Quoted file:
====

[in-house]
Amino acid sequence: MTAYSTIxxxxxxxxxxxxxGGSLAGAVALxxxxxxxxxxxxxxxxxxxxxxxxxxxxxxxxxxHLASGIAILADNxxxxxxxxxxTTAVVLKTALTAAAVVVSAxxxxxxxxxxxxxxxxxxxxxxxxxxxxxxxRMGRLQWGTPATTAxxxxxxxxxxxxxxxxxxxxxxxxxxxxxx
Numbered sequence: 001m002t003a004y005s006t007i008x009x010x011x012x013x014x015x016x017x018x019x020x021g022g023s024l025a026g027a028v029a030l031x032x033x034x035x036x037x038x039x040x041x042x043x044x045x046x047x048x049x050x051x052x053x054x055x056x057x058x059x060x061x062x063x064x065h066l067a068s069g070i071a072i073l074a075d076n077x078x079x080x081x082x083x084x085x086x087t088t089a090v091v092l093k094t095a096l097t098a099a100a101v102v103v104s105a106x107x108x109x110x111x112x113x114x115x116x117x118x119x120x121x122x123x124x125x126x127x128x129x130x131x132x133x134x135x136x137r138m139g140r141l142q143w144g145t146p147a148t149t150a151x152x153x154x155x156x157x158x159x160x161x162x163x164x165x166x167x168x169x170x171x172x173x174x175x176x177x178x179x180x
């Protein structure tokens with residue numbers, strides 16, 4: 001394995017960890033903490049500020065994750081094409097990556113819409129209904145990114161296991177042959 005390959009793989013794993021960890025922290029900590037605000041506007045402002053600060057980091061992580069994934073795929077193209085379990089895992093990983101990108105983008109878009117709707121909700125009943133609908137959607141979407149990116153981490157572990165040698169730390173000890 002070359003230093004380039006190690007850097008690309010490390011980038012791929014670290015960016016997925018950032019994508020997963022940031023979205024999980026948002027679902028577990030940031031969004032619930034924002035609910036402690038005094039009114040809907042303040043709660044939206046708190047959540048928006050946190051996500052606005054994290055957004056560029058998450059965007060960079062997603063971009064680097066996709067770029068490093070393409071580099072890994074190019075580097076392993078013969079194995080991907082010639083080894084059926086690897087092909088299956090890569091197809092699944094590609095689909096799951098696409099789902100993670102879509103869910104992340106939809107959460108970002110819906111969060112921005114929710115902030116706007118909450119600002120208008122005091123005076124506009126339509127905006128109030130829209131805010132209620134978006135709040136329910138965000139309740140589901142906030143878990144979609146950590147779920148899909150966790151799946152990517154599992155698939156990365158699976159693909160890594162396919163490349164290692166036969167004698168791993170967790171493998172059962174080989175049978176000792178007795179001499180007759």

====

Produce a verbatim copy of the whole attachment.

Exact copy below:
[in-house]
Amino acid sequence: MTAYSTIxxxxxxxxxxxxxGGSLAGAVALxxxxxxxxxxxxxxxxxxxxxxxxxxxxxxxxxxHLASGIAILADNxxxxxxxxxxTTAVVLKTALTAAAVVVSAxxxxxxxxxxxxxxxxxxxxxxxxxxxxxxxRMGRLQWGTPATTAxxxxxxxxxxxxxxxxxxxxxxxxxxxxxx
Numbered sequence: 001m002t003a004y005s006t007i008x009x010x011x012x013x014x015x016x017x018x019x020x021g022g023s024l025a026g027a028v029a030l031x032x033x034x035x036x037x038x039x040x041x042x043x044x045x046x047x048x049x050x051x052x053x054x055x056x057x058x059x060x061x062x063x064x065h066l067a068s069g070i071a072i073l074a075d076n077x078x079x080x081x082x083x084x085x086x087t088t089a090v091v092l093k094t095a096l097t098a099a100a101v102v103v104s105a106x107x108x109x110x111x112x113x114x115x116x117x118x119x120x121x122x123x124x125x126x127x128x129x130x131x132x133x134x135x136x137r138m139g140r141l142q143w144g145t146p147a148t149t150a151x152x153x154x155x156x157x158x159x160x161x162x163x164x165x166x167x168x169x170x171x172x173x174x175x176x177x178x179x180x
């Protein structure tokens with residue numbers, strides 16, 4: 001394995017960890033903490049500020065994750081094409097990556113819409129209904145990114161296991177042959 005390959009793989013794993021960890025922290029900590037605000041506007045402002053600060057980091061992580069994934073795929077193209085379990089895992093990983101990108105983008109878009117709707121909700125009943133609908137959607141979407149990116153981490157572990165040698169730390173000890 002070359003230093004380039006190690007850097008690309010490390011980038012791929014670290015960016016997925018950032019994508020997963022940031023979205024999980026948002027679902028577990030940031031969004032619930034924002035609910036402690038005094039009114040809907042303040043709660044939206046708190047959540048928006050946190051996500052606005054994290055957004056560029058998450059965007060960079062997603063971009064680097066996709067770029068490093070393409071580099072890994074190019075580097076392993078013969079194995080991907082010639083080894084059926086690897087092909088299956090890569091197809092699944094590609095689909096799951098696409099789902100993670102879509103869910104992340106939809107959460108970002110819906111969060112921005114929710115902030116706007118909450119600002120208008122005091123005076124506009126339509127905006128109030130829209131805010132209620134978006135709040136329910138965000139309740140589901142906030143878990144979609146950590147779920148899909150966790151799946152990517154599992155698939156990365158699976159693909160890594162396919163490349164290692166036969167004698168791993170967790171493998172059962174080989175049978176000792178007795179001499180007759």